When is a quota not a quota? When it benefits Republicans, it seems.
The same party that's been squawking over race-based college admissions now apparently wants universities to check voter-registration rolls when hiring faculty to ensure more conservatives are added to the ranks.
Can't they just be content controlling the legislature, the governor's office, Congress and the presidency without needing more conservatives hired at Colorado universities? What happened to their rallying cry of getting a job based solely on talent and skills?
Republican state Sen. John Andrews has floated the idea of pushing an Academic Bill of Rights during the next legislative session that would encourage state colleges to hire conservative faculty and invite more guest speakers to campus with right-leaning views.
The flap began in January, when Gov. Bill Owens told KOA-Radio listeners that far too many political science professors were liberal lefties. Since then, he and other GOP lawmakers have met with David Horowitz, the conservative leader of Academic Freedom, which pushes for political diversity in academic hires. Horowitz, for his part, says his bill of rights has nothing to do with quotas.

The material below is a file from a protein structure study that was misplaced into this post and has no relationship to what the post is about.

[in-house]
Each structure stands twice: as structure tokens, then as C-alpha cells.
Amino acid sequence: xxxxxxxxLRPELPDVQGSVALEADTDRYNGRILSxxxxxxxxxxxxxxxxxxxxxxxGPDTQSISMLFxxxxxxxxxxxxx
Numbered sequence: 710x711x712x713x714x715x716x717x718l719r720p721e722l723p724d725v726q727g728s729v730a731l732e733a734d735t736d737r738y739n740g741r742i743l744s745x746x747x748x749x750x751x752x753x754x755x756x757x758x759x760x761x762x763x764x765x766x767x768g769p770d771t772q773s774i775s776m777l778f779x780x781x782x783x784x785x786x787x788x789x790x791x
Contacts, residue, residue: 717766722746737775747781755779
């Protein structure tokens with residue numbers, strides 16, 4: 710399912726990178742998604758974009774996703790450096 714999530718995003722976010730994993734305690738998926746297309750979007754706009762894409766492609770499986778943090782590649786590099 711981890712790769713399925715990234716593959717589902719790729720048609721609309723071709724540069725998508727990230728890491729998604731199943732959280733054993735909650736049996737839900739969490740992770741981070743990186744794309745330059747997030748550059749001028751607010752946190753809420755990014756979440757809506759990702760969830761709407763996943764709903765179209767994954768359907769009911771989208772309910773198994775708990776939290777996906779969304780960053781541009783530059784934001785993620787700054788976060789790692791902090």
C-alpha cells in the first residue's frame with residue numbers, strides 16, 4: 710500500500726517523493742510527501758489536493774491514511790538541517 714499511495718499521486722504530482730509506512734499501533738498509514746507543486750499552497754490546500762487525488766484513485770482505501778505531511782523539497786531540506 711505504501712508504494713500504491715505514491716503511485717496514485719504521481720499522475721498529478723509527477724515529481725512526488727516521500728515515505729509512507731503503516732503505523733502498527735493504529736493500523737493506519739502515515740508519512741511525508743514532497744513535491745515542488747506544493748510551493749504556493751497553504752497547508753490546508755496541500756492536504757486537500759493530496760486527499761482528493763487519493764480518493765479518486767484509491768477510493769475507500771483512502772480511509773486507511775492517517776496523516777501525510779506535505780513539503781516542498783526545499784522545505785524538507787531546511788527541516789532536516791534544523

And universities counter that it's only a myth that faculties are overwhelmingly liberal. That's about as laughable as the Republican desire to mandate hiring more Republicans. (A Denver Post survey of political science departments at four-year state schools found five Democrats for every one Republican.)
Owens, for now, says he thinks schools should only be encouraged to hire more conservatives.
"I don't know how you could make it a mandate," Owens says. "But ... in a political science department, we ought to strive to make sure that there are people who understand and who can explain political philosophy from the left as well as from the right."
Sounds appropriate. But shouldn't that be up to the schools to decide? And what if lawmakers did pass a bill encouraging political diversity in hiring? Would it hold any sway?
Some Owens critics grouse that he has his eyes on a bigger prize than being governor, maybe landing an appointment in a possible Bush second term, and that's why he seems to be pandering to the far-right crowd.
Owens, who is still Colorado's governor, should use his political clout to steer his statehouse minions away from these non-issues - does the Pledge of Allegiance bill ring a bell? - and toward something more substantive when lawmakers convene in January.
There's a lot of real work to be done, and an Academic Bill of Rights would serve only to divert lawmakers' attention away from the real issues that need tending.